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Independent expert answers
on psychiatry and psychology

Exercise and Diet

Abstract: You have to exercise for a long time, or very intensively, if you want a significant increase in energy consumption compared to just sitting.

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Exercise and Diet

Intelligent natural language question-answering in the area of psychology and psychiatry. Ask a simple question  Local help Info


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Question(s): 
Written by: Gunborg Palme, certified psychologist and certified psychotherapist, teacher and tutor in psychotherapy.
First version: 22 Jul 2008.
Latest revision: 13 Jul 2009.

Can I eat more if I exercise more?

Answer:

To some extent it is correct to eat a little more when one exercises. However, for most people the body's basic use of energy makes the greatest demands and the difference between this and the amount needed for exercise is small. Example for a person weighing 73 kg or 160 lbs:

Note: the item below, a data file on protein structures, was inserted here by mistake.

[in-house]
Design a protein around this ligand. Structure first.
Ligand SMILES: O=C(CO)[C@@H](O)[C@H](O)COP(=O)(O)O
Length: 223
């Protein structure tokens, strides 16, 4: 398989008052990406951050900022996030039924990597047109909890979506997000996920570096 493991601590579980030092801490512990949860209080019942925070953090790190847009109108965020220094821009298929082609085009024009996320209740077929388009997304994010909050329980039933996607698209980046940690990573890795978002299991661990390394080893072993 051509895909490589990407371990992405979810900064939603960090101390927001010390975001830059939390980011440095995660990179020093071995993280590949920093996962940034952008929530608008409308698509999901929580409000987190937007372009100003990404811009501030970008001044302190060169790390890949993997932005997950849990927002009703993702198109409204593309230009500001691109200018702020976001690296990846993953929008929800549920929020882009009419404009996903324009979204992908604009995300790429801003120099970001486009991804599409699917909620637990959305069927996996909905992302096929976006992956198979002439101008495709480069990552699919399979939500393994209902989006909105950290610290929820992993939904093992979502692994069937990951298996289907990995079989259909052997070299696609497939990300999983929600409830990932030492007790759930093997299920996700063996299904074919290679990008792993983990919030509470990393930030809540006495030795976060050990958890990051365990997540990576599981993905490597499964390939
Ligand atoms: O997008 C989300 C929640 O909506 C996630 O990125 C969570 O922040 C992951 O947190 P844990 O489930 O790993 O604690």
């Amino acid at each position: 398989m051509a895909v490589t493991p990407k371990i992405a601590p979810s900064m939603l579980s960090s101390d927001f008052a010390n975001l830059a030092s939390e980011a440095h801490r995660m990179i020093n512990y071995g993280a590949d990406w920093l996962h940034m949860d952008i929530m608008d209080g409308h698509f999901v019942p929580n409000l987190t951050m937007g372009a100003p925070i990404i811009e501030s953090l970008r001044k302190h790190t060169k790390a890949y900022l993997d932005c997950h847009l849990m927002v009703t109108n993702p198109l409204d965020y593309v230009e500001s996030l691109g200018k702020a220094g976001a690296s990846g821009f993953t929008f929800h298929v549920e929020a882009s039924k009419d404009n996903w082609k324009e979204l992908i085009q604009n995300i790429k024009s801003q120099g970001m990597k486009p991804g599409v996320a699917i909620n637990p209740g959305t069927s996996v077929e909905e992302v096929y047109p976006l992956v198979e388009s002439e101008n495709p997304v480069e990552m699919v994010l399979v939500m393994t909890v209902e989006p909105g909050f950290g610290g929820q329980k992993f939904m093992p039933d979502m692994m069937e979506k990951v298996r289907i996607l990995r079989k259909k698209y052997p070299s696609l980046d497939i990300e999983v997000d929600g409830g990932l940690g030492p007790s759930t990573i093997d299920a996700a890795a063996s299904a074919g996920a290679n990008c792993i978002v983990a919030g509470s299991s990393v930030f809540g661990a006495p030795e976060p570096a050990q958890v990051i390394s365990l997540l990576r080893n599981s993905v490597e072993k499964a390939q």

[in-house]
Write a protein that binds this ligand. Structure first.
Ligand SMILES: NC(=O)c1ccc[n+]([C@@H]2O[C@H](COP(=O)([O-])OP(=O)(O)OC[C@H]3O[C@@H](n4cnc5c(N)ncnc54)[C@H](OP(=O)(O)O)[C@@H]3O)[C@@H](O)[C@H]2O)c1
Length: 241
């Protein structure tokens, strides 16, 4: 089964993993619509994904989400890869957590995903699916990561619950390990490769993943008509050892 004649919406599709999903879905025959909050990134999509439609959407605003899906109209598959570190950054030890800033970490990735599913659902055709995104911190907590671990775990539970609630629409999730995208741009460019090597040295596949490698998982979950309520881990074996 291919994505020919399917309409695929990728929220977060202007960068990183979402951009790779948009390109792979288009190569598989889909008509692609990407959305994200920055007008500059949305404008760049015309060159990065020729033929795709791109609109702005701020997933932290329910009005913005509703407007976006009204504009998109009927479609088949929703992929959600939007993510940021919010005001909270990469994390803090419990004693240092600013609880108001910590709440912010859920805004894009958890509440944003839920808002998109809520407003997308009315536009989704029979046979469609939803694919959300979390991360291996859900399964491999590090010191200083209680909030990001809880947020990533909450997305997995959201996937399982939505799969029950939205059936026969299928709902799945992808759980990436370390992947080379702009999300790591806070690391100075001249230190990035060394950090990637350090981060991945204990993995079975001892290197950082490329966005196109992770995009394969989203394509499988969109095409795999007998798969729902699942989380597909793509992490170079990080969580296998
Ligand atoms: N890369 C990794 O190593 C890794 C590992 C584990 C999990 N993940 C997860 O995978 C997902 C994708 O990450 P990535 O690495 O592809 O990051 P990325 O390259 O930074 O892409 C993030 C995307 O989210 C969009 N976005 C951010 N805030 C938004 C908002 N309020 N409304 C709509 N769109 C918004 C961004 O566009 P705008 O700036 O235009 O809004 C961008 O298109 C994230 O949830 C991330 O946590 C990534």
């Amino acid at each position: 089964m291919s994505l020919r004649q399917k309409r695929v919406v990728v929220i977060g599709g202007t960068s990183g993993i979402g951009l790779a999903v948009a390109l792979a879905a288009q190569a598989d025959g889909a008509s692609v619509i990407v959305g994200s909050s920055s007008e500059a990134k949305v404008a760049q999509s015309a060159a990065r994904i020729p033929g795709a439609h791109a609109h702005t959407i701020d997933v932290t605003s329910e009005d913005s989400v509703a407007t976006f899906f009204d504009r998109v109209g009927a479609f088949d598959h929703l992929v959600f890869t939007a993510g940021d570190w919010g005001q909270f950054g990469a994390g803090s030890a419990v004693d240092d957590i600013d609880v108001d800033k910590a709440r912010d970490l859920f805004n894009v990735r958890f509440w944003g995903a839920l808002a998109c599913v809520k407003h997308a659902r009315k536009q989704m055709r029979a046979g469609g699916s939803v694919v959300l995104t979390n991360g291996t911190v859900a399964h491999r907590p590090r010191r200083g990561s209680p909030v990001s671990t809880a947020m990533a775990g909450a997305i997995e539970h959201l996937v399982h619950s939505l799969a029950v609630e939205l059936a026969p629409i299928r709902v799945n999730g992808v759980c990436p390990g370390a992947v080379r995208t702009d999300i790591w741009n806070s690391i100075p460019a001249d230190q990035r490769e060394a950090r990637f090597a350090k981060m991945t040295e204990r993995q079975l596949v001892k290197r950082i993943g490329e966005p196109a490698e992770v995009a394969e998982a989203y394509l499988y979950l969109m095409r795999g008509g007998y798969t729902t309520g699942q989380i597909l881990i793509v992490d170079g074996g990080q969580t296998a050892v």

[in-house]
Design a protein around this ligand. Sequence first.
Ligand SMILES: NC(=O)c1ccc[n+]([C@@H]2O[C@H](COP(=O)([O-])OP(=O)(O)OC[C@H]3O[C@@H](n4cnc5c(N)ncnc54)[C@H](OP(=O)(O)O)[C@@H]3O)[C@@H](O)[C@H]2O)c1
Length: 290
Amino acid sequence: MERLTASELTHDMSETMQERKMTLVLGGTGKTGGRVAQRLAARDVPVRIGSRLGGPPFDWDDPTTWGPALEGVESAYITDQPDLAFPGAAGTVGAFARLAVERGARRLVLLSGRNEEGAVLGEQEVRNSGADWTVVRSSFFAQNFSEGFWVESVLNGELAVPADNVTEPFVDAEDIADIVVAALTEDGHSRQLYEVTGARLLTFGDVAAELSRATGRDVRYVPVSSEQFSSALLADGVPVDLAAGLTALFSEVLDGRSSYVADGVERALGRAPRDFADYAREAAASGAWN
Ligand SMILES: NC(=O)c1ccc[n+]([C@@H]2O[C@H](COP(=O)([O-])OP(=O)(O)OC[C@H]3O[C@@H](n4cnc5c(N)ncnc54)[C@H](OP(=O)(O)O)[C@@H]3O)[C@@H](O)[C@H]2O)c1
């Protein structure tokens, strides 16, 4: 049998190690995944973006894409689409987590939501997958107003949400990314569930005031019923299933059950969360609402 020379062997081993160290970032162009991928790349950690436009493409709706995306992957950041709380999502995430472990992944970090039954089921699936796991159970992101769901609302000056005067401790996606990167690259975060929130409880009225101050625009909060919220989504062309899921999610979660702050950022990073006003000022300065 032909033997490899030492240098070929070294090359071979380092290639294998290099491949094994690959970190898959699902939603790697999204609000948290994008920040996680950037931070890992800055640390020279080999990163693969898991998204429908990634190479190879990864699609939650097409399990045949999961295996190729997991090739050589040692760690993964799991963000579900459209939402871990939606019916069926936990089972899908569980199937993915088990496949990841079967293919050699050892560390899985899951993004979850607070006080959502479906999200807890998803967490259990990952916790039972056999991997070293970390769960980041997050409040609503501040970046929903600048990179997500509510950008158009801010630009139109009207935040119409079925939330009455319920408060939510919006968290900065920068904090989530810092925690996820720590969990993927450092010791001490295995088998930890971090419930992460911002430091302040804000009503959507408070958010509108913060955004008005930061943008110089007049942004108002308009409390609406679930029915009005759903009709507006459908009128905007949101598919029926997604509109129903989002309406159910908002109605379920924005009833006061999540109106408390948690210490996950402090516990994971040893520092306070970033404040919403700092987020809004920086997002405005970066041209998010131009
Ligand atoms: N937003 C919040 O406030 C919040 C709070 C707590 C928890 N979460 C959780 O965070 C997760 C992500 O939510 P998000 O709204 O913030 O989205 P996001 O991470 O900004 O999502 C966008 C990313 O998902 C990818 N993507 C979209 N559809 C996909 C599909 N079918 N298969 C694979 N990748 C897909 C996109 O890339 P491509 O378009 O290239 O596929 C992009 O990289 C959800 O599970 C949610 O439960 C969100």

Normal burning while sleeping or sitting
1900 kcal/day
Walking a pram with a child 200 kcal/hour
Walking, rapidly
340 kcal/hour
Walking, upstairs 600 kcal/hour
Intensive gymnastics
750 kcal/hour
Running, skiing, bicycling 500-1000 kcal/hour, depends on speed
Swimming leisurely 400 kcal/hour
Climbing up a mountain 800 kcal/hour
Rowing at moderate speed 600 kcal/hour
Caring for a child 200 kcal/hour
Housecleaning, rapid 300 kcal/hour
Housecleaning, slowly 200 kcal/hour
Gardening 350 kcal/hour

Exercise, however, is healthy in other ways than burning calories. Exercise changes your body so that you will easier adjust your eating to your nutrient need.

Intelligent natural language question-answering in the area of psychology and psychiatry. Ask a simple question:
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